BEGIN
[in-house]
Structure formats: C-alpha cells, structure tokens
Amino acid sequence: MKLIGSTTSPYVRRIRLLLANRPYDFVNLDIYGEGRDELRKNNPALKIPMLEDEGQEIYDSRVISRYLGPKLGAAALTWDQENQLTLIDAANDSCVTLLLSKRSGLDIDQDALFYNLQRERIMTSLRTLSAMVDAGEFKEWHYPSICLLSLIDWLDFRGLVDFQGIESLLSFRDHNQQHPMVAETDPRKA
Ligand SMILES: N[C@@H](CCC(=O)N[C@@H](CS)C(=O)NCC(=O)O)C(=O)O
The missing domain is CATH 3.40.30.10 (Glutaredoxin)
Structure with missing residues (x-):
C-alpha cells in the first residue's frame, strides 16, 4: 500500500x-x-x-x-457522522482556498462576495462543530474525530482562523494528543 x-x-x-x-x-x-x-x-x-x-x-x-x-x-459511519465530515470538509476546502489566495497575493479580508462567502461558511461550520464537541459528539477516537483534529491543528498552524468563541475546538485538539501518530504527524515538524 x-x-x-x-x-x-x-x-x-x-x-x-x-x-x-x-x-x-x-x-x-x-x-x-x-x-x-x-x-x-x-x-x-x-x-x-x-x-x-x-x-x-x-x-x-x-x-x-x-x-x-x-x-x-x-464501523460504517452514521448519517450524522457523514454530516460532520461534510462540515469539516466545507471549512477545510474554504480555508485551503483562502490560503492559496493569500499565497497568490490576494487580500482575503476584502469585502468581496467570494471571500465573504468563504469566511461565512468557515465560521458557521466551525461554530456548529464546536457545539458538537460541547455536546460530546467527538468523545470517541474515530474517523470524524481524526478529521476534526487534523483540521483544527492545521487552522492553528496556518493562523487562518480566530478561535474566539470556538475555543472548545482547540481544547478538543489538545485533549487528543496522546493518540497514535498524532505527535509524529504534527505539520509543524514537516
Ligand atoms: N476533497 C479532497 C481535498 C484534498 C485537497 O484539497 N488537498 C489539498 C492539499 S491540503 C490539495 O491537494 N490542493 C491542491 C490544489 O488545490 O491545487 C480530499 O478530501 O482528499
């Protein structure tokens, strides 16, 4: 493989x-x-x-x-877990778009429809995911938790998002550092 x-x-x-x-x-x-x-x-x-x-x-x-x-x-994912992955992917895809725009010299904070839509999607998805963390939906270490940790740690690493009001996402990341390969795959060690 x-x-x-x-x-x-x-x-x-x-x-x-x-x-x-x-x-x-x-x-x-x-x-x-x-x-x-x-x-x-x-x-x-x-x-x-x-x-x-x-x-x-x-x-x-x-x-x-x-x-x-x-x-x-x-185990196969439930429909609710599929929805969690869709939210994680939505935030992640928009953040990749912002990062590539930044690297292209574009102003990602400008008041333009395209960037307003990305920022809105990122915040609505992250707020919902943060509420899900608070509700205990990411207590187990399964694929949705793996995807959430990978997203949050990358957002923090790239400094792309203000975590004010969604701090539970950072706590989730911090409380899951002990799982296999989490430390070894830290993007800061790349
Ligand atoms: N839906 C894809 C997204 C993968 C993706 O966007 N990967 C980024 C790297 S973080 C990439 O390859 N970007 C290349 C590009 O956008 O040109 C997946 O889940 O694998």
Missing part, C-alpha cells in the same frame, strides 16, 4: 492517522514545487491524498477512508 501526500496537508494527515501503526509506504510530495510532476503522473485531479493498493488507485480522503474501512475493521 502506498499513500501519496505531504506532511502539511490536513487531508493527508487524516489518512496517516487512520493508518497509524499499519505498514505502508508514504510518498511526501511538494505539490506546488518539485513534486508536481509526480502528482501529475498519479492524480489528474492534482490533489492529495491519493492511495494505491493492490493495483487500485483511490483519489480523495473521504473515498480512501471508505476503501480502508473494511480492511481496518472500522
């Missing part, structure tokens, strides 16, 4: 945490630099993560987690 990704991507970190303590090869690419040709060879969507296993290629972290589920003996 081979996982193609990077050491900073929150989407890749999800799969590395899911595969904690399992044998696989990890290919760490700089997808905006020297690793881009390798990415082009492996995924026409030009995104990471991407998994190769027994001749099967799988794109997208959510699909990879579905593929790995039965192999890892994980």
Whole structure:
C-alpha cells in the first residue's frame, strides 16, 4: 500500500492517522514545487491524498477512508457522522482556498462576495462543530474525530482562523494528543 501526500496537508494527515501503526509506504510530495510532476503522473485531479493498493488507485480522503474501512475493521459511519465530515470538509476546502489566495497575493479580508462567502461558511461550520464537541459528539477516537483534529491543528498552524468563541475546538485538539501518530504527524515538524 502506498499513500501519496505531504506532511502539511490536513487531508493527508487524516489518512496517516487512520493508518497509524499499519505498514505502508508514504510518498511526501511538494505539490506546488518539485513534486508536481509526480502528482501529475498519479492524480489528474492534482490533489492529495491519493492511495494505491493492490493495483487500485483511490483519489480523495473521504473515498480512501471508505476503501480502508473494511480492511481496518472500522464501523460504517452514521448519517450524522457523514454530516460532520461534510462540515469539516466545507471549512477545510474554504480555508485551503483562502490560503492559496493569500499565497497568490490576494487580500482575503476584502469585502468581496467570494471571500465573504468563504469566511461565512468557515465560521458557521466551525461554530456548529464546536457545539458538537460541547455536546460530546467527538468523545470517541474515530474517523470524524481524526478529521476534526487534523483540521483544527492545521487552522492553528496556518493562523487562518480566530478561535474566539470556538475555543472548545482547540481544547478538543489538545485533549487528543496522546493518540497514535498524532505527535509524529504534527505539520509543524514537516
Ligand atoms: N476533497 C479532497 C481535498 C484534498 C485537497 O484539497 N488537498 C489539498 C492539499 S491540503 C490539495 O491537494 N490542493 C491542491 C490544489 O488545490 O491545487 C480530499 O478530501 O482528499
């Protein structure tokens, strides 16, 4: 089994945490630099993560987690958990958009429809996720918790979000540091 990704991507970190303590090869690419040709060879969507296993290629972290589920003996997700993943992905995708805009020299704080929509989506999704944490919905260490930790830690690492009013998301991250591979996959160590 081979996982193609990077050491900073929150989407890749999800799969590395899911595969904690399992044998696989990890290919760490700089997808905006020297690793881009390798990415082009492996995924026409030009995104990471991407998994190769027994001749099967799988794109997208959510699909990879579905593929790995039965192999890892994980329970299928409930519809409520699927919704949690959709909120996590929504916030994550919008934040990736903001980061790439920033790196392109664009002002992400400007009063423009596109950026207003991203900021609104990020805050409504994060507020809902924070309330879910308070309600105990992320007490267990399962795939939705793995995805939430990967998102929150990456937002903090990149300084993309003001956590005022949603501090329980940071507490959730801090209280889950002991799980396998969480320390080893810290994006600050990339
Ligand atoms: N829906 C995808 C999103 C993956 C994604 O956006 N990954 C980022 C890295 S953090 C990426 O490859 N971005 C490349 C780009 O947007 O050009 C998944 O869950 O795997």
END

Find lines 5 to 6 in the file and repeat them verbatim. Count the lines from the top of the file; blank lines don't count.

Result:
The missing domain is CATH 3.40.30.10 (Glutaredoxin)
Structure with missing residues (x-):